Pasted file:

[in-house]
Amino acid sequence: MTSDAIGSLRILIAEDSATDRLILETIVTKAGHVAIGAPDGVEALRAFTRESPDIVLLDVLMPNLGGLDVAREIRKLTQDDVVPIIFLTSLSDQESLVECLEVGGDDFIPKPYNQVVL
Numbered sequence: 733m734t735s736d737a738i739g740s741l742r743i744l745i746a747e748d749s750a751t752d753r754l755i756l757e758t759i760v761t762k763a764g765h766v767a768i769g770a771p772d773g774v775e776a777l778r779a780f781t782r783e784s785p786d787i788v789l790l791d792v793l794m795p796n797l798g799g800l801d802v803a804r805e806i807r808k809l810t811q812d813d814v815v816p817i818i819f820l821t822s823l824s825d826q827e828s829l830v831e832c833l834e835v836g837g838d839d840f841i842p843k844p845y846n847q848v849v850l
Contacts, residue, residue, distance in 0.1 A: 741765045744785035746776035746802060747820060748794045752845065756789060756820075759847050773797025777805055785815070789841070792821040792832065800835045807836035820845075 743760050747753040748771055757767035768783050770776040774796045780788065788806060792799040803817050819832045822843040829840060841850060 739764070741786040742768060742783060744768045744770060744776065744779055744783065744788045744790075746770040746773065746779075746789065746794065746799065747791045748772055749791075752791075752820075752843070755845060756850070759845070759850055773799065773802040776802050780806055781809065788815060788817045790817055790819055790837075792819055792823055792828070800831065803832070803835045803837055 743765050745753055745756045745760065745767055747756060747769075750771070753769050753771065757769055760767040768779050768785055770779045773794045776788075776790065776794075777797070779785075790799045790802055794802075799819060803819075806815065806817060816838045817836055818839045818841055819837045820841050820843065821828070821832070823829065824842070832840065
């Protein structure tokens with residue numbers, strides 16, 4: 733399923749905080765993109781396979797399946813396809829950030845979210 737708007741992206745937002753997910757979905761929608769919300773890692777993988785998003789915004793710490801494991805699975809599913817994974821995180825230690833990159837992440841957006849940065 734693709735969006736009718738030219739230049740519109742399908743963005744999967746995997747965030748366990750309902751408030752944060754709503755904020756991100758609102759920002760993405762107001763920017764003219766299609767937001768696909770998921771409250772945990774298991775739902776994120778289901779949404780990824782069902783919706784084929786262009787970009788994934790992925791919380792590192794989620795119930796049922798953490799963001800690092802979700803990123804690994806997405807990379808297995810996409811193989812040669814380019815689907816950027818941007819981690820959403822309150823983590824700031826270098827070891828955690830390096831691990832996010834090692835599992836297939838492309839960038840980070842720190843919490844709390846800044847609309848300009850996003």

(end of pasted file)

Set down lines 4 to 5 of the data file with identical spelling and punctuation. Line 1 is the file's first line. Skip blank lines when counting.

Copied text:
Contacts, residue, residue, distance in 0.1 A: 741765045744785035746776035746802060747820060748794045752845065756789060756820075759847050773797025777805055785815070789841070792821040792832065800835045807836035820845075 743760050747753040748771055757767035768783050770776040774796045780788065788806060792799040803817050819832045822843040829840060841850060 739764070741786040742768060742783060744768045744770060744776065744779055744783065744788045744790075746770040746773065746779075746789065746794065746799065747791045748772055749791075752791075752820075752843070755845060756850070759845070759850055773799065773802040776802050780806055781809065788815060788817045790817055790819055790837075792819055792823055792828070800831065803832070803835045803837055 743765050745753055745756045745760065745767055747756060747769075750771070753769050753771065757769055760767040768779050768785055770779045773794045776788075776790065776794075777797070779785075790799045790802055794802075799819060803819075806815065806817060816838045817836055818839045818841055819837045820841050820843065821828070821832070823829065824842070832840065
């Protein structure tokens with residue numbers, strides 16, 4: 733399923749905080765993109781396979797399946813396809829950030845979210 737708007741992206745937002753997910757979905761929608769919300773890692777993988785998003789915004793710490801494991805699975809599913817994974821995180825230690833990159837992440841957006849940065 734693709735969006736009718738030219739230049740519109742399908743963005744999967746995997747965030748366990750309902751408030752944060754709503755904020756991100758609102759920002760993405762107001763920017764003219766299609767937001768696909770998921771409250772945990774298991775739902776994120778289901779949404780990824782069902783919706784084929786262009787970009788994934790992925791919380792590192794989620795119930796049922798953490799963001800690092802979700803990123804690994806997405807990379808297995810996409811193989812040669814380019815689907816950027818941007819981690820959403822309150823983590824700031826270098827070891828955690830390096831691990832996010834090692835599992836297939838492309839960038840980070842720190843919490844709390846800044847609309848300009850996003």